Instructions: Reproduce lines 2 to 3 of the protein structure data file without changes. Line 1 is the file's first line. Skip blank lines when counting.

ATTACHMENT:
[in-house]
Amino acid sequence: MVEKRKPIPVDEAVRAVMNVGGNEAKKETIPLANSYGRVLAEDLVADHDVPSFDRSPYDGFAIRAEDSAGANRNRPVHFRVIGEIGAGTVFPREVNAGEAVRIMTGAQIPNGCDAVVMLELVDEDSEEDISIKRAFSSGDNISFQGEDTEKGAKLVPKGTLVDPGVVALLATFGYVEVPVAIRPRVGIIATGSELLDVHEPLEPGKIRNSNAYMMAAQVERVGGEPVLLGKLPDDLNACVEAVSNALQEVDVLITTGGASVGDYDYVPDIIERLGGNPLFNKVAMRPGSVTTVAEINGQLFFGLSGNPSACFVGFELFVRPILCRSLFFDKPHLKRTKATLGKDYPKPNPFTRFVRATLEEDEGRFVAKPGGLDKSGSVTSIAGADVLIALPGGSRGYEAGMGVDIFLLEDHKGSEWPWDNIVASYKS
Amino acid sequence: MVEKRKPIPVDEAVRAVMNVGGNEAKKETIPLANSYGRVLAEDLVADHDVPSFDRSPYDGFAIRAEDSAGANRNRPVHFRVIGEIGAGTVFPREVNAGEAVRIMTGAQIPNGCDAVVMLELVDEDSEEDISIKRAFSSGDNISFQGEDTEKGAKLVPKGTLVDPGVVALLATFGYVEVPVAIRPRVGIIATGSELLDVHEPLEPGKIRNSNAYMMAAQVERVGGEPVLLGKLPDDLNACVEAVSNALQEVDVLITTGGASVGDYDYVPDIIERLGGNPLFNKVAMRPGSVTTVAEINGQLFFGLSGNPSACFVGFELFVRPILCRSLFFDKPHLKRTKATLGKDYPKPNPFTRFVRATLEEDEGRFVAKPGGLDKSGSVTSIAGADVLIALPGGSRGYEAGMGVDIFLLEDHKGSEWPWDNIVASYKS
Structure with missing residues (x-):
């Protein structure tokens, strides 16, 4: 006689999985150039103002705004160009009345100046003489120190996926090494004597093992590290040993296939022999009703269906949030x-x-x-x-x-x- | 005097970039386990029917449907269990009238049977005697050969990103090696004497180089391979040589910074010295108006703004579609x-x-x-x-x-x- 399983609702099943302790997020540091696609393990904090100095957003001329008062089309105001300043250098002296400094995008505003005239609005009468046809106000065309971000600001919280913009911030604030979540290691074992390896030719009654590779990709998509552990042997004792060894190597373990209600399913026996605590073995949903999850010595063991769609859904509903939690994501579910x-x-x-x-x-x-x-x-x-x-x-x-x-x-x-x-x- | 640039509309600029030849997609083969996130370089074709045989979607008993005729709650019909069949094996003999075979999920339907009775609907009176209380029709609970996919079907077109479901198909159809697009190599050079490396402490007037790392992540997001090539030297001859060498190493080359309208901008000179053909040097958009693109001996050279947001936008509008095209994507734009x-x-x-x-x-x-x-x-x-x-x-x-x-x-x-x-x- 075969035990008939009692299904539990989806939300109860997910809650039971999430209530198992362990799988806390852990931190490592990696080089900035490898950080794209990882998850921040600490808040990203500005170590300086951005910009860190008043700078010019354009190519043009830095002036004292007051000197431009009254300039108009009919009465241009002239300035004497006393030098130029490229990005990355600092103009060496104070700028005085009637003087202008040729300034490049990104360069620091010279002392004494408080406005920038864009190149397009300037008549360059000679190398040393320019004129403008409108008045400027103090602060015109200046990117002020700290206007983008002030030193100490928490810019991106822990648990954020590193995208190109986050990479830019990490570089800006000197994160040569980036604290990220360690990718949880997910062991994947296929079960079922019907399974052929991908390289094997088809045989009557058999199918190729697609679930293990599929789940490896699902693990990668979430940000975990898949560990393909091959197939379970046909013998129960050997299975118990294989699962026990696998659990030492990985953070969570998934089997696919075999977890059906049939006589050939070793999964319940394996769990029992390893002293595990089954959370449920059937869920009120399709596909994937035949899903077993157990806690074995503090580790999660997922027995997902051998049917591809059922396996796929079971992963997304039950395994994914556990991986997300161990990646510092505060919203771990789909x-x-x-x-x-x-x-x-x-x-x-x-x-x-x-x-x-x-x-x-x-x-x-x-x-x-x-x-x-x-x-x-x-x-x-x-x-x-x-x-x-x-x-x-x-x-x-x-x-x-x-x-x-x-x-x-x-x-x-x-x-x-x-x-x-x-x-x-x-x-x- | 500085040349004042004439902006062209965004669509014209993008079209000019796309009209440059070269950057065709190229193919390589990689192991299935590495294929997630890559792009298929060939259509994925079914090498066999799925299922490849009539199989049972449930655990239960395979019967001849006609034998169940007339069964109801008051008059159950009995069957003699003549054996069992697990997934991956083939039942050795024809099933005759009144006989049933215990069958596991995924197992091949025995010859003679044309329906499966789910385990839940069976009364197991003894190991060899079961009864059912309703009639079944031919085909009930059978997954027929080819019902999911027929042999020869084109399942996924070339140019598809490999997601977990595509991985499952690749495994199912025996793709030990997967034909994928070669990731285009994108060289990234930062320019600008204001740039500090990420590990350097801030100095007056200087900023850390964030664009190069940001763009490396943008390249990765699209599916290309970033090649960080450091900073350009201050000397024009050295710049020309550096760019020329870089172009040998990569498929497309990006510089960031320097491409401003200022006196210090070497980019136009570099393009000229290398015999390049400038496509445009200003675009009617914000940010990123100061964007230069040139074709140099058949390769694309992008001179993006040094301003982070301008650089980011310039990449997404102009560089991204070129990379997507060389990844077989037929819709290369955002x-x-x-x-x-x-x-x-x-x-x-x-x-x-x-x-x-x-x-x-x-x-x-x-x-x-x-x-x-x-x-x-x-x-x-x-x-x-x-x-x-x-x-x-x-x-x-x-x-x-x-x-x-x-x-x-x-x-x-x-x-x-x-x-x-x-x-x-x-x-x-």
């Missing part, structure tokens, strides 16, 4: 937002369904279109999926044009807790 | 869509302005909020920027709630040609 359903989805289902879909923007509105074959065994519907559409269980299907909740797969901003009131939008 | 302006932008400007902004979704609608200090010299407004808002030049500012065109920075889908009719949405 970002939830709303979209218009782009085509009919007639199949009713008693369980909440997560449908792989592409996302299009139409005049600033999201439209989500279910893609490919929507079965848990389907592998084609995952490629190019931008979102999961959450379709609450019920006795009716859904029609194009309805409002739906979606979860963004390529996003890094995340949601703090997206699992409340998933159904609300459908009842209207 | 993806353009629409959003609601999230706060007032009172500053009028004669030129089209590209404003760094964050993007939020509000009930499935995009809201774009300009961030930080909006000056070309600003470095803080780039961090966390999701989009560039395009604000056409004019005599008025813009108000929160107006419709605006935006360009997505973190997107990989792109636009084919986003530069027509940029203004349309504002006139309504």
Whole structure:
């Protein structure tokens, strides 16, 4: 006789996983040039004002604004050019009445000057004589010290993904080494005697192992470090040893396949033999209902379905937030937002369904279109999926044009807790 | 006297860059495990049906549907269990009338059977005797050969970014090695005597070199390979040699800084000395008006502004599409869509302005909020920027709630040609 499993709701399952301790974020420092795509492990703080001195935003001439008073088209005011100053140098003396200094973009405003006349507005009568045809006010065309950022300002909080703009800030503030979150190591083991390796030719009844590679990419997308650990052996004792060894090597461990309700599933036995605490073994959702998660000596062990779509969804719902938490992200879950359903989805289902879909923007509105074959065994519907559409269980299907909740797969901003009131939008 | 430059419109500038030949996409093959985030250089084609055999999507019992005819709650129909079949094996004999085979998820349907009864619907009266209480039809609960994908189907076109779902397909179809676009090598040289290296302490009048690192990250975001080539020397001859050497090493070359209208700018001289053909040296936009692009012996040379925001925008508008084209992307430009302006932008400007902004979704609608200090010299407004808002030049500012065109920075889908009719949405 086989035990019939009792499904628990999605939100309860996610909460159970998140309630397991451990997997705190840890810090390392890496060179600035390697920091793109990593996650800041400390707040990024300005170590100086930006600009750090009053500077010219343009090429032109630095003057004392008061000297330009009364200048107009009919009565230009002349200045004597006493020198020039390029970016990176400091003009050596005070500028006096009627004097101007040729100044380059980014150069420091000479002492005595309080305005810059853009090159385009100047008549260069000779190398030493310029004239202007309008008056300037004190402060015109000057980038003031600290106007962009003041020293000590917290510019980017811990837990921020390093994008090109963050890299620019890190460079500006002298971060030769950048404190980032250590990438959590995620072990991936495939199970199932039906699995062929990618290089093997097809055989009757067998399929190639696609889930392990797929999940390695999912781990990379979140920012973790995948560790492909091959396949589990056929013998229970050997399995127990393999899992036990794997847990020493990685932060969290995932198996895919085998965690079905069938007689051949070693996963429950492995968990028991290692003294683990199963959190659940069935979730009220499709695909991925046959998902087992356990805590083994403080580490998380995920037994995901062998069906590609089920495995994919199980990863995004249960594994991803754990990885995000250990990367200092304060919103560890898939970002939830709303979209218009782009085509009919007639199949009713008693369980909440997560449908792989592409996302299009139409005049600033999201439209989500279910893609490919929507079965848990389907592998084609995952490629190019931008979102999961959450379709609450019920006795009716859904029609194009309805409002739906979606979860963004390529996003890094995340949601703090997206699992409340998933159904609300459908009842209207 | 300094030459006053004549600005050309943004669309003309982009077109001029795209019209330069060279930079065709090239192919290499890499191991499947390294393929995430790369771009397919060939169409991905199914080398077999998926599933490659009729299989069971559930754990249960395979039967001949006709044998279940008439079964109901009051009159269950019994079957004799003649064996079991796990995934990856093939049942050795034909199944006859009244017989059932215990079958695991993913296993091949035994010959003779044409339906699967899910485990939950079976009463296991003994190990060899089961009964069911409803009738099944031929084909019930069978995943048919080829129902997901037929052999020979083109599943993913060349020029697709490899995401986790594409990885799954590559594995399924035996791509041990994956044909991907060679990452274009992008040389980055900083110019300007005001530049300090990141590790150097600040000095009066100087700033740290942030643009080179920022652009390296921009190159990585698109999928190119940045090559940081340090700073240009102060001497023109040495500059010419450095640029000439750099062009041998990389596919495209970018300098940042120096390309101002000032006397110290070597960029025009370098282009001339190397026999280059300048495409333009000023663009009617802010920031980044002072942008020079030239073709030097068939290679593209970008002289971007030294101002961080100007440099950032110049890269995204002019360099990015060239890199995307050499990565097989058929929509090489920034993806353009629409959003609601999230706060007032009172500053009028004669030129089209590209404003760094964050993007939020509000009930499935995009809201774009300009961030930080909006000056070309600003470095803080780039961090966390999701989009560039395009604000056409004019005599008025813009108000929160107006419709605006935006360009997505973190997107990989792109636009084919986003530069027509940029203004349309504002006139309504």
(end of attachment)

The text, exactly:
Amino acid sequence: MVEKRKPIPVDEAVRAVMNVGGNEAKKETIPLANSYGRVLAEDLVADHDVPSFDRSPYDGFAIRAEDSAGANRNRPVHFRVIGEIGAGTVFPREVNAGEAVRIMTGAQIPNGCDAVVMLELVDEDSEEDISIKRAFSSGDNISFQGEDTEKGAKLVPKGTLVDPGVVALLATFGYVEVPVAIRPRVGIIATGSELLDVHEPLEPGKIRNSNAYMMAAQVERVGGEPVLLGKLPDDLNACVEAVSNALQEVDVLITTGGASVGDYDYVPDIIERLGGNPLFNKVAMRPGSVTTVAEINGQLFFGLSGNPSACFVGFELFVRPILCRSLFFDKPHLKRTKATLGKDYPKPNPFTRFVRATLEEDEGRFVAKPGGLDKSGSVTSIAGADVLIALPGGSRGYEAGMGVDIFLLEDHKGSEWPWDNIVASYKS
Amino acid sequence: MVEKRKPIPVDEAVRAVMNVGGNEAKKETIPLANSYGRVLAEDLVADHDVPSFDRSPYDGFAIRAEDSAGANRNRPVHFRVIGEIGAGTVFPREVNAGEAVRIMTGAQIPNGCDAVVMLELVDEDSEEDISIKRAFSSGDNISFQGEDTEKGAKLVPKGTLVDPGVVALLATFGYVEVPVAIRPRVGIIATGSELLDVHEPLEPGKIRNSNAYMMAAQVERVGGEPVLLGKLPDDLNACVEAVSNALQEVDVLITTGGASVGDYDYVPDIIERLGGNPLFNKVAMRPGSVTTVAEINGQLFFGLSGNPSACFVGFELFVRPILCRSLFFDKPHLKRTKATLGKDYPKPNPFTRFVRATLEEDEGRFVAKPGGLDKSGSVTSIAGADVLIALPGGSRGYEAGMGVDIFLLEDHKGSEWPWDNIVASYKS